(NATIONAL) — It’s one of those things in the back of many an air traveler’s mind; the prospect of a bird strike – a direct hit into one or more engines on your jetliner by a flock of birds – causing your aircraft to be in serious trouble in a heartbeat.
That is what happened to Delta Flight 1063 Thursday afternoon. The Boeing 757, originally bound for Los Angeles, was forced to make an emergency landing back at New York’s John F. Kennedy International Airport after its right engine experienced a bird strike shortly after takeoff and the cabin began filling with smoke.
“We lost our right engine due to the ingestion of birds,” the pilot told the control tower.
But the calm, cool voiced pilot – the audio recording of the pilot’s communication with air traffic controllers on the ground revealed he could not have been calmer and in more control of the situation – brought the plane back to JFK for a safe emergency landing and there were no injuries.
“All is well,” the pilot calmly told the controllers who were coordinating the landing and response teams on the ground. “They can take their time and everybody can be calm out there,” he added.
Watch the video below taken aboard the 757 as it was taking off. It was shot by sales trainer Grant Cardone who was sitting in the first class section of the plane. You’ll see the flock of birds go right by the window he was shooting out of. A fraction of a second later they were inside the jet’s engine.
Below is a short video Cardone took of himself for his website as he was walking off the plane and talking about how terrifying the ordeal was.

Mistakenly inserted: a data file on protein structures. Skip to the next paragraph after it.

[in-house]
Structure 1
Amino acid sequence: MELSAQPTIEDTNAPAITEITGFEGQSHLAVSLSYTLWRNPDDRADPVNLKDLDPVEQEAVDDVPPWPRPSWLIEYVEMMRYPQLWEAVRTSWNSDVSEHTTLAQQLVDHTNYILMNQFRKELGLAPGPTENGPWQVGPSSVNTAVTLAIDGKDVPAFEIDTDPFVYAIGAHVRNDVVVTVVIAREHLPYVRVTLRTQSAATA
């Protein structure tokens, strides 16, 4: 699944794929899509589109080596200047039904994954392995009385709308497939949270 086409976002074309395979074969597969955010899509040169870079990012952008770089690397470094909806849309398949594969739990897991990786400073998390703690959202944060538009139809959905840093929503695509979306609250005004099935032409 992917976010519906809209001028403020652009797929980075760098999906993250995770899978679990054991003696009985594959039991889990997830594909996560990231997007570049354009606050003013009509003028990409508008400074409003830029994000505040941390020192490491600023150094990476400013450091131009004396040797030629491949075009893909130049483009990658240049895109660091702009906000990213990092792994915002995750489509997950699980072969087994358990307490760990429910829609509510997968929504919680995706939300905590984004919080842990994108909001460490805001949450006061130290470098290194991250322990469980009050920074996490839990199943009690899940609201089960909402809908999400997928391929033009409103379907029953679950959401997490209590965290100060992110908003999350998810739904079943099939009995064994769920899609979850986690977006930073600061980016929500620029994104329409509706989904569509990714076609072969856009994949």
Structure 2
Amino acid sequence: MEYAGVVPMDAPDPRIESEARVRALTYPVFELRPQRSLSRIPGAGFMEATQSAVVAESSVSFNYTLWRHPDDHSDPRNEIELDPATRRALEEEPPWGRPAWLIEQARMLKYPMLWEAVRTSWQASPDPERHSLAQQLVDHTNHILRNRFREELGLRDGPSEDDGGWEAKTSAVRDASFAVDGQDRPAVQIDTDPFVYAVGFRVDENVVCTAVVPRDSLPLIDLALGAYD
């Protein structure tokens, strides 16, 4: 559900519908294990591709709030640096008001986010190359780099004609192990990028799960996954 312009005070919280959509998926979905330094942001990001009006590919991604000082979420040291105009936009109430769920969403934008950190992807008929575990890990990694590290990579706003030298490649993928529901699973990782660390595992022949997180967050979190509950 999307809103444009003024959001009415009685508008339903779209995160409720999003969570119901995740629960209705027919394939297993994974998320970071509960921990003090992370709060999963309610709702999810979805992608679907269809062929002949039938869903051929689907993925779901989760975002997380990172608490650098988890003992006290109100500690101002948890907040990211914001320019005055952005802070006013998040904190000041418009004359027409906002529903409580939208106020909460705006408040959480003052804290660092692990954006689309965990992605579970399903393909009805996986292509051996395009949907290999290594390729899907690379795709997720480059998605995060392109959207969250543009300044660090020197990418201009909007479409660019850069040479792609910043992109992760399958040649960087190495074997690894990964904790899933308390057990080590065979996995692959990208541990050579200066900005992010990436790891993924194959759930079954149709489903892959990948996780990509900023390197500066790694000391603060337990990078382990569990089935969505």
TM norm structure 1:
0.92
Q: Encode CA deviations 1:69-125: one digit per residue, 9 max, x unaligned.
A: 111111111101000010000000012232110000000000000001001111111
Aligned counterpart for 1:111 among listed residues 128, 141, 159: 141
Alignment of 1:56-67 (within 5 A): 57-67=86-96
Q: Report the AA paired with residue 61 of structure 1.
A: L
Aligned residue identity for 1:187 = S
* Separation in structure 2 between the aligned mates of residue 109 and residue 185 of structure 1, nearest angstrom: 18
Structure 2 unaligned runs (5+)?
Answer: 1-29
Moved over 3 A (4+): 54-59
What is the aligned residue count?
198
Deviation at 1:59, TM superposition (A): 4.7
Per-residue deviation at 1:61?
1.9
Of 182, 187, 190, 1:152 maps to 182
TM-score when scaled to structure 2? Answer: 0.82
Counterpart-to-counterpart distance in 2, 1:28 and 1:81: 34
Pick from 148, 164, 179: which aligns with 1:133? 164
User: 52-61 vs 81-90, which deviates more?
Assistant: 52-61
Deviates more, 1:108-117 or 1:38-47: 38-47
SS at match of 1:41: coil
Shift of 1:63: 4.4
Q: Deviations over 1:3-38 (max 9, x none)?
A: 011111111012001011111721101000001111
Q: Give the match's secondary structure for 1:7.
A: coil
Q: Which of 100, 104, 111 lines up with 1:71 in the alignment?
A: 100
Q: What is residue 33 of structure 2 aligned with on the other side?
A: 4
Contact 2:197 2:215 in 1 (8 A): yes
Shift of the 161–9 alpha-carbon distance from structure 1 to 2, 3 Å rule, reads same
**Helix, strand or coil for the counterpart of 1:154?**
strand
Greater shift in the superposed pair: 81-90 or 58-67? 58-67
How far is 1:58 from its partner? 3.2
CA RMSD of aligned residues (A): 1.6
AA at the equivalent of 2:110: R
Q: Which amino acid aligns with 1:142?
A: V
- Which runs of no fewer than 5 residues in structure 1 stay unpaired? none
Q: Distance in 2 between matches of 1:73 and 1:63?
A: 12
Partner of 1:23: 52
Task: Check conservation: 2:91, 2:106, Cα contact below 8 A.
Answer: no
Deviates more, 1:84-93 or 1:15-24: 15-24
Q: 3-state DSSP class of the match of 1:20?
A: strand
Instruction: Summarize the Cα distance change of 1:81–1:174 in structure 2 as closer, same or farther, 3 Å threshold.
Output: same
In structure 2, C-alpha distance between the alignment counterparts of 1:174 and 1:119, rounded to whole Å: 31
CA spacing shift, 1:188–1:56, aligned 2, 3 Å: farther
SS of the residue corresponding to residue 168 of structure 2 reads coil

Ali Velshi, a business reporter for CNN was also on that plane, he said he heard a “horrible grinding noise” after the plane took off. After the strike the jet started shaking, and smoke could be seen in the cockpit area, Velshi said. Delta released a statement saying, “On takeoff, the airplane had a likely bird strike. As a precaution, the captain elected to return to JFK. The flight landed without incident, and we’re working on reaccomodating the passengers.” Jet engines are designed and then tested to make sure they can handle a direct hit from small birds – larger birds is another matter entirely – but sometimes even small birds, as in the case of the now famous “Miracle on the Hudson” flight in New York, a flock of large birds can bring down a huge aircraft. In that flight the pilot made an almost miraculous, virtually perfect landing on the water and the passengers were safely evacuated. At present the largest bird an engine has to be designed and demonstrated to take in is a four-pound animal. According to a wildlife specialist at the Air Line Pilots Association, no jet engines today are built to survive a strike from a bird weighing eight pounds or more. A government study of bird strikes from 1990 (1,793 strikes) to 2010 (9,622 strikes) shows 70% of the strikes happen when an aircraft was traveling at less than 500 feet elevation. The website birdstrike.org estimates birds and other wildlife strikes to aircraft annually cause well over $600 million in damage to U.S. civil and military aviation and furthermore those strikes put the lives of aircraft crew members and their passengers at risk: over 219 people have been killed worldwide as a result of wildlife strikes since 1988. Bird Strike Facts: About 4,500 bird strikes were reported by the U.S. Air Force in 2011. About 10,000 bird and other wildlife strikes were reported for USA civil aircraft in 2011. From 1990-2011, USA airlines reported 46 incidents in which pilots had to dump fuel to lighten load during a precautionary or emergency landing after striking birds on takeoff or climb. An average of 13,700 gallons of jet fuel was released in each of these dumps. Waterfowl (31%), gulls (25%), raptors (18%), and pigeons/doves (7%) represented 81% of the reported bird strikes causing damage to USA civil aircraft, 1990-2010. Over 990 civil aircraft collisions with deer and 340 collisions with coyotes were reported in the USA, 1990-2010. In 1890, about 60 European starlings were released in Central Park, New York City. Starlings are now the second most abundant bird in North America with a late-summer population of over 150 million birds. Starlings are “feathered bullets”, having a body density 27% higher than herring gulls. The North American non-migratory Canada goose population increased about 4 fold from 1 million birds in 1990 to over 3.5 million in 2011. About 1,350 Canada geese strikes with civil aircraft have been reported in USA, 1990-2011; 42% of these strike events involved multiple birds. A 12-lb Canada goose struck by a150-mph aircraft at lift-off generates the kinetic energy of a 1,000-lb weight dropped from a height of 10 feet. The North American population of greater snow geese increased from about 90,000 birds in 1970 to over 800,000 birds in 2010. Several species of gulls have adapted to urban environments. At least 15,000 gulls were counted nesting on roofs in USA cities on the Great Lakes during a survey in 1994. About 90% of all bird strikes in the U.S. are by species federally protected under the Migratory Bird Treaty Act.